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Great White at Marquee Theatre
July 7 @ 6:00 pm - 11:30 pm
Great White emerged in the early 1980s with a sound rooted in the bluesy hard rock esthetic of classic rock radio behemoths like Led Zeppelin, AC/DC, and Mott the Hoople. They found success in 1987 with the release of their sophomore long-player, Once Bitten, and dove headfirst into the mainstream in 1989 with the arrival of …Twice Shy, which went double-platinum thanks to a punchy, radio-ready cover of Ian Hunter‘s “Once Bitten, Twice Shy.” Great White’s popularity waned as grunge, and alternative rock took over the airwaves in the early ’90s, and they officially disbanded in 2001. They reunited in 2003 and made headlines when pyrotechnics used by the band sparked a fire in a Rhode Island nightclub, killing 100 people, including guitarist Ty Longley. They re-formed around the classic lineup in 2007 and released Back to the Rhythm, with Rising appearing two years later, but they soon splintered into two groups, with Russell leading Jack Russell’s Great White and guitarist and co-founder Mark Kendall fronting Great White proper.
Formed in the early ’80s by vocalist Jack Russell and guitarist Mark Kendall, Great White were regulars of the L.A. club scene, playing their Led Zeppelin– and AC/DC-influenced metal to a quickly growing fan base. Local radio play and more gigging helped sell 20,000 copies of their independent releases, the Out of the Night EP and the full-length Shot in the Dark, both released in 1983.
The EMI label took notice, signed the band, and released their self-titled, major-label debut a year later. Shot in the Dark would be reissued by the label in 1987, the same year as the new album Once Bitten… appeared with the hit single “Rock Me.” The release went platinum, but 1989’s …Twice Shy took things even further thanks in no small part to the massive success of the single “Once Bitten Twice Shy,” a cover of a Mott the Hoople song written by Mott member Ian Hunter.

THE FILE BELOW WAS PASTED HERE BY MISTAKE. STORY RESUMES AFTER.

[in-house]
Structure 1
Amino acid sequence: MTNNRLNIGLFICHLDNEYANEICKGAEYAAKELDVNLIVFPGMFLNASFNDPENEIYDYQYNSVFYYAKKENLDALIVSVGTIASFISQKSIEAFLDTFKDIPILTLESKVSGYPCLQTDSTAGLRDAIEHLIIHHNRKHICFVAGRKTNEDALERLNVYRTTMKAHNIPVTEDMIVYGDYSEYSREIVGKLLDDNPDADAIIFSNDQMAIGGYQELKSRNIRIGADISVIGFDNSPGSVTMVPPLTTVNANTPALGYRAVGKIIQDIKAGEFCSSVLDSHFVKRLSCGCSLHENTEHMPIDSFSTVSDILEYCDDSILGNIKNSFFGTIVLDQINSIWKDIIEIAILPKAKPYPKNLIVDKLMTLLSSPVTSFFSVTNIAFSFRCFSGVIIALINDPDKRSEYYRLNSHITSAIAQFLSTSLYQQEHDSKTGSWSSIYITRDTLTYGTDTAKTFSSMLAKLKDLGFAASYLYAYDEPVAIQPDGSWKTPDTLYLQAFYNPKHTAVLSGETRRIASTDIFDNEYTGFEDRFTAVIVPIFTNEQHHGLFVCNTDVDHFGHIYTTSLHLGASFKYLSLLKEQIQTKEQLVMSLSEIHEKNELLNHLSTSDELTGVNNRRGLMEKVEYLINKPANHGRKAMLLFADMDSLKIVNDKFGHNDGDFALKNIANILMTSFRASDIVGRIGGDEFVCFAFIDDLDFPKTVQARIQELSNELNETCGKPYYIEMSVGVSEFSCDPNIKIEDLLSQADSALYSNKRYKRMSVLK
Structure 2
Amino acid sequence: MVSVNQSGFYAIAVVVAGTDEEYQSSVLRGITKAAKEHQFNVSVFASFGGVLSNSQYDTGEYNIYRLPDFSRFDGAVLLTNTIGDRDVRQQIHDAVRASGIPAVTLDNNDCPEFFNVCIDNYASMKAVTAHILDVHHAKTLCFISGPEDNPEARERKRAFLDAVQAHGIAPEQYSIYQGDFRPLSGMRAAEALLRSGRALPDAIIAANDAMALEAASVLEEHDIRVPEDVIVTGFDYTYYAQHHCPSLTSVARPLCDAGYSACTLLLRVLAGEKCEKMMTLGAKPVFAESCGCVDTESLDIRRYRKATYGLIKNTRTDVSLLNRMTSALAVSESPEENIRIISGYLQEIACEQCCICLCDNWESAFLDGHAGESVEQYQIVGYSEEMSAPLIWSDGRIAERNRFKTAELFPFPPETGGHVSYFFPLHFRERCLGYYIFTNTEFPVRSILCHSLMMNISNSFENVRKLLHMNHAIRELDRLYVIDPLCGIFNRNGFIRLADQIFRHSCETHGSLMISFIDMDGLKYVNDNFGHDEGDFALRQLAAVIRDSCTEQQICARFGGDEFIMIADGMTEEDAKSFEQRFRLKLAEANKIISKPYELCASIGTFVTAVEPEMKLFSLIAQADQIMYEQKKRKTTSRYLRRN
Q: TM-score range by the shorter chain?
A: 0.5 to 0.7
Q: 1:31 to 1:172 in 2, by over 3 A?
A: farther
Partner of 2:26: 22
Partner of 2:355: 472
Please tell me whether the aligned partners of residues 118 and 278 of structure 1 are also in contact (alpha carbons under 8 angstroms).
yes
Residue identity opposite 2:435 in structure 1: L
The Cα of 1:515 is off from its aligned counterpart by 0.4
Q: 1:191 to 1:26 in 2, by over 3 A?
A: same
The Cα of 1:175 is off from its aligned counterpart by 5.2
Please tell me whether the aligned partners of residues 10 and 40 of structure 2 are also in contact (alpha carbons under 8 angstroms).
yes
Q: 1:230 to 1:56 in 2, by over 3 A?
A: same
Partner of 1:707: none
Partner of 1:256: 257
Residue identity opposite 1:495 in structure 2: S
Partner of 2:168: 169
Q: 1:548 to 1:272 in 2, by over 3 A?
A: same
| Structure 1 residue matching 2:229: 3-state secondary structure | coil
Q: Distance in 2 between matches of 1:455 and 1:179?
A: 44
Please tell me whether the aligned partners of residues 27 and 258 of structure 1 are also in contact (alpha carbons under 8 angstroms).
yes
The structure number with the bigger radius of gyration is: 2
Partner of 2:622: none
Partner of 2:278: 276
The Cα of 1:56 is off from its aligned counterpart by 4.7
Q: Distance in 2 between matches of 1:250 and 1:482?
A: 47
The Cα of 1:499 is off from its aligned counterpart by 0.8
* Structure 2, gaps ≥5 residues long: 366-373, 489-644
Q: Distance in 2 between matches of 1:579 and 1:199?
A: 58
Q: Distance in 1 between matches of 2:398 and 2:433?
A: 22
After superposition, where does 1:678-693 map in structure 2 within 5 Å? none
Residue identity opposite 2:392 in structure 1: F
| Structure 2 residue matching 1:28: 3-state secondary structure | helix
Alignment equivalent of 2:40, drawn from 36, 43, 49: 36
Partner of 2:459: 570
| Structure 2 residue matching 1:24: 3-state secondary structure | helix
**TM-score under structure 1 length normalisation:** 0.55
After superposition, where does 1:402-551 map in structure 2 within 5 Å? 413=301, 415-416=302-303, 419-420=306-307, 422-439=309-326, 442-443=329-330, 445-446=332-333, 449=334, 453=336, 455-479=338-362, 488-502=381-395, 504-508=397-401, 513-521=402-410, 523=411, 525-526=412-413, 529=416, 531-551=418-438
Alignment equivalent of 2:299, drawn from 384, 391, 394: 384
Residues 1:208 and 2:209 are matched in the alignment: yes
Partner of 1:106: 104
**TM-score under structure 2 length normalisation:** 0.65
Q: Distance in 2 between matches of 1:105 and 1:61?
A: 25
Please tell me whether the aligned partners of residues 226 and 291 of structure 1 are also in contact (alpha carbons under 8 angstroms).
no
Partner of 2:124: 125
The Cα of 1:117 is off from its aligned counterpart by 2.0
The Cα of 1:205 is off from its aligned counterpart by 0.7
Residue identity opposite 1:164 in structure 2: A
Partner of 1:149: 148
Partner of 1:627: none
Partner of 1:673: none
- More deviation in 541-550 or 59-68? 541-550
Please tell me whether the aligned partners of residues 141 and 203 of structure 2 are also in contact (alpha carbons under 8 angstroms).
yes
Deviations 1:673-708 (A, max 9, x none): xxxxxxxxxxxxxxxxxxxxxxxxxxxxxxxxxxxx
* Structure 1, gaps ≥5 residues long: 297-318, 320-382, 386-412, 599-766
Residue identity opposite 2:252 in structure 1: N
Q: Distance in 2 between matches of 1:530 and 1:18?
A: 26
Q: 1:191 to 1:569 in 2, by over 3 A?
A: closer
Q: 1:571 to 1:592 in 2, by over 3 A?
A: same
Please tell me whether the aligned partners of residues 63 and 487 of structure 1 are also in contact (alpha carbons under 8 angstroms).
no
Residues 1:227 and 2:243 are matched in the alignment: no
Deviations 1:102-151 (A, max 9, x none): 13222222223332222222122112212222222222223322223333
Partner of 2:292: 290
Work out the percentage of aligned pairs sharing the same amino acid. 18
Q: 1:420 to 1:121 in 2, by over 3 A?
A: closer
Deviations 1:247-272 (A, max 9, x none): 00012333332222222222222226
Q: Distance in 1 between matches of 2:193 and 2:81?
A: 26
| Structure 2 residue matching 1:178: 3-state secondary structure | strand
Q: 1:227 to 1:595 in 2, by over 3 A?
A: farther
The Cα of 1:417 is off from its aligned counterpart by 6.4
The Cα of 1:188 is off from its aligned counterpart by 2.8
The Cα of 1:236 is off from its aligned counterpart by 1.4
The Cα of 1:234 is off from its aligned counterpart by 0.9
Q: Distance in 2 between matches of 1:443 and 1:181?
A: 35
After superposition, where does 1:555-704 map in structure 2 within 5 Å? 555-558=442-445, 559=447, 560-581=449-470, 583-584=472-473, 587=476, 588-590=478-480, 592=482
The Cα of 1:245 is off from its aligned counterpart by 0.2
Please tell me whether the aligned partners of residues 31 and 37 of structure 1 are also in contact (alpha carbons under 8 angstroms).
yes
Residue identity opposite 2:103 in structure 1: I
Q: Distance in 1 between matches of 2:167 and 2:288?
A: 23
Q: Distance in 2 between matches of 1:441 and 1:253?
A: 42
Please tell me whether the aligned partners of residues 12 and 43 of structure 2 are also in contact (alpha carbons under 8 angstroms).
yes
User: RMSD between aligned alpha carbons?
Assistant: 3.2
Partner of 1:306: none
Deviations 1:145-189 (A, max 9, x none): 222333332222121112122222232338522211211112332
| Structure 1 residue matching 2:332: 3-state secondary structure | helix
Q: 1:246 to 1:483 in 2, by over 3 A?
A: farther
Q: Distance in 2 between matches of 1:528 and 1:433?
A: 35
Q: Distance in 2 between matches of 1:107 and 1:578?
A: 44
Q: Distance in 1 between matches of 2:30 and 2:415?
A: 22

Long tours with Ratt and a co-headlined tour with Tesla kept Great White out of the studio until 1991, when the polished Hooked appeared with two different album covers, one a provocative side shot of a mermaid hanging off an anchor in midair and one less scandalous with the mermaid still submerged. Hooked went gold, while their 1992 follow-up, Psycho City, sold less, leading to EMI saying goodbye to the band with the 1993 compilation The Best of Great White.
Sail Away from 1994 found the group on Zoo, while 1996’s Let It Rock was released by Imago. A live set of cover tunes featuring the work of their favorite band appeared as Great Zeppelin: A Tribute to Led Zeppelin, released by Cleopatra in 1999. That same year, Can’t Get There from Here on the Portrait label gave fans their first taste of Russell‘s new writing partnership with longtime friend and former Night Ranger member Jack Blades. Another set of covers formed the 2002 Cleopatra album Recover, but this time the choices were surprising, with the Cult‘s “Love Removal Machine” and X‘s “Burning House of Love” getting the Great White treatment.
Forgotten by the mainstream, Great White were brought back into the limelight when pyrotechnics used by the band sparked a fire in a Rhode Island nightclub on February 20, 2003, killing 100 people, including the group’s guitarist, Ty Longley. The 2004 reissue of Recover drew some media attention, since the Horizon label had given it a new and now morbid title, Burning House of Love. Trials concerning the fire continued on into 2006 as questions about who authorized the pyrotechnics were being investigated. The band spent the rest of the year touring and playing some benefit concerts for victims of the fire. In early 2007, they began celebrating their 25th anniversary with some West Coast shows that were tied to the release of VH1 Classic Presents: Metal Mania – Stripped, Vol. 3, and in the summer they released a new studio album, Back to the Rhythm, with the original core lineup. 2009 saw the release of Rising, which would be the last Great White outing to include Russell, who elected to start up his own version of the group under the moniker Jack Russell’s Great White.
Vocalist Terry Ilous was brought in to replace Russell shortly thereafter, and he made his studio debut on 2012’s generally well-received Elation. In 2017, the band issued the aptly named Full Circle, which saw them reuniting with producer Michael Wagener (Metallica, Ozzy Osbourne, Alice Cooper), who helmed their 1984 debut. That same year, Jack Russell’s Great White released their debut album, He Saw It Comin’, which was followed by the stripped-down Once Bitten Acoustic Bytes in 2020. ~ James Christopher Monger & David Jeffries, Rovi